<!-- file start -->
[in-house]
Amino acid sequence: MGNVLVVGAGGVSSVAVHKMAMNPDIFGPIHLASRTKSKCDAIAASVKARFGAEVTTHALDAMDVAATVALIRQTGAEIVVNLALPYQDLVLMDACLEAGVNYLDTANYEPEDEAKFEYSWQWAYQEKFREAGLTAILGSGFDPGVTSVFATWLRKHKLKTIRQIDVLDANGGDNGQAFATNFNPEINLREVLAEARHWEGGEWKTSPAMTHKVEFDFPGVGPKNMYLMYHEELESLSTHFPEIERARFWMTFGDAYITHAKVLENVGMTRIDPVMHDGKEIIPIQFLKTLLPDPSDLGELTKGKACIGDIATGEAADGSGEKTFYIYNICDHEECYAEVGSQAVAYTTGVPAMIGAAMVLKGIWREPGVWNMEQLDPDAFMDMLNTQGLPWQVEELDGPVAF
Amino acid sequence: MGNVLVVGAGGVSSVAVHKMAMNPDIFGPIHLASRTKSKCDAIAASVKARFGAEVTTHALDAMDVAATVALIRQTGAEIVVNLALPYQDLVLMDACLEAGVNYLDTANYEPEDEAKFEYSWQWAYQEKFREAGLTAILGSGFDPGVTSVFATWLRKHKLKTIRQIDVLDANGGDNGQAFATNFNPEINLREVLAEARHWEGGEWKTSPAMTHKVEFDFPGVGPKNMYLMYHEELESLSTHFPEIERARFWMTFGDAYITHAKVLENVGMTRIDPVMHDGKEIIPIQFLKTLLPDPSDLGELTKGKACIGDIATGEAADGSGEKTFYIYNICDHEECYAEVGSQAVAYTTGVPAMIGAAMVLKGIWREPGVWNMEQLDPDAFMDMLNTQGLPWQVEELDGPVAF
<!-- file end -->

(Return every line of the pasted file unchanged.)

[in-house]
Amino acid sequence: MGNVLVVGAGGVSSVAVHKMAMNPDIFGPIHLASRTKSKCDAIAASVKARFGAEVTTHALDAMDVAATVALIRQTGAEIVVNLALPYQDLVLMDACLEAGVNYLDTANYEPEDEAKFEYSWQWAYQEKFREAGLTAILGSGFDPGVTSVFATWLRKHKLKTIRQIDVLDANGGDNGQAFATNFNPEINLREVLAEARHWEGGEWKTSPAMTHKVEFDFPGVGPKNMYLMYHEELESLSTHFPEIERARFWMTFGDAYITHAKVLENVGMTRIDPVMHDGKEIIPIQFLKTLLPDPSDLGELTKGKACIGDIATGEAADGSGEKTFYIYNICDHEECYAEVGSQAVAYTTGVPAMIGAAMVLKGIWREPGVWNMEQLDPDAFMDMLNTQGLPWQVEELDGPVAF
Amino acid sequence: MGNVLVVGAGGVSSVAVHKMAMNPDIFGPIHLASRTKSKCDAIAASVKARFGAEVTTHALDAMDVAATVALIRQTGAEIVVNLALPYQDLVLMDACLEAGVNYLDTANYEPEDEAKFEYSWQWAYQEKFREAGLTAILGSGFDPGVTSVFATWLRKHKLKTIRQIDVLDANGGDNGQAFATNFNPEINLREVLAEARHWEGGEWKTSPAMTHKVEFDFPGVGPKNMYLMYHEELESLSTHFPEIERARFWMTFGDAYITHAKVLENVGMTRIDPVMHDGKEIIPIQFLKTLLPDPSDLGELTKGKACIGDIATGEAADGSGEKTFYIYNICDHEECYAEVGSQAVAYTTGVPAMIGAAMVLKGIWREPGVWNMEQLDPDAFMDMLNTQGLPWQVEELDGPVAF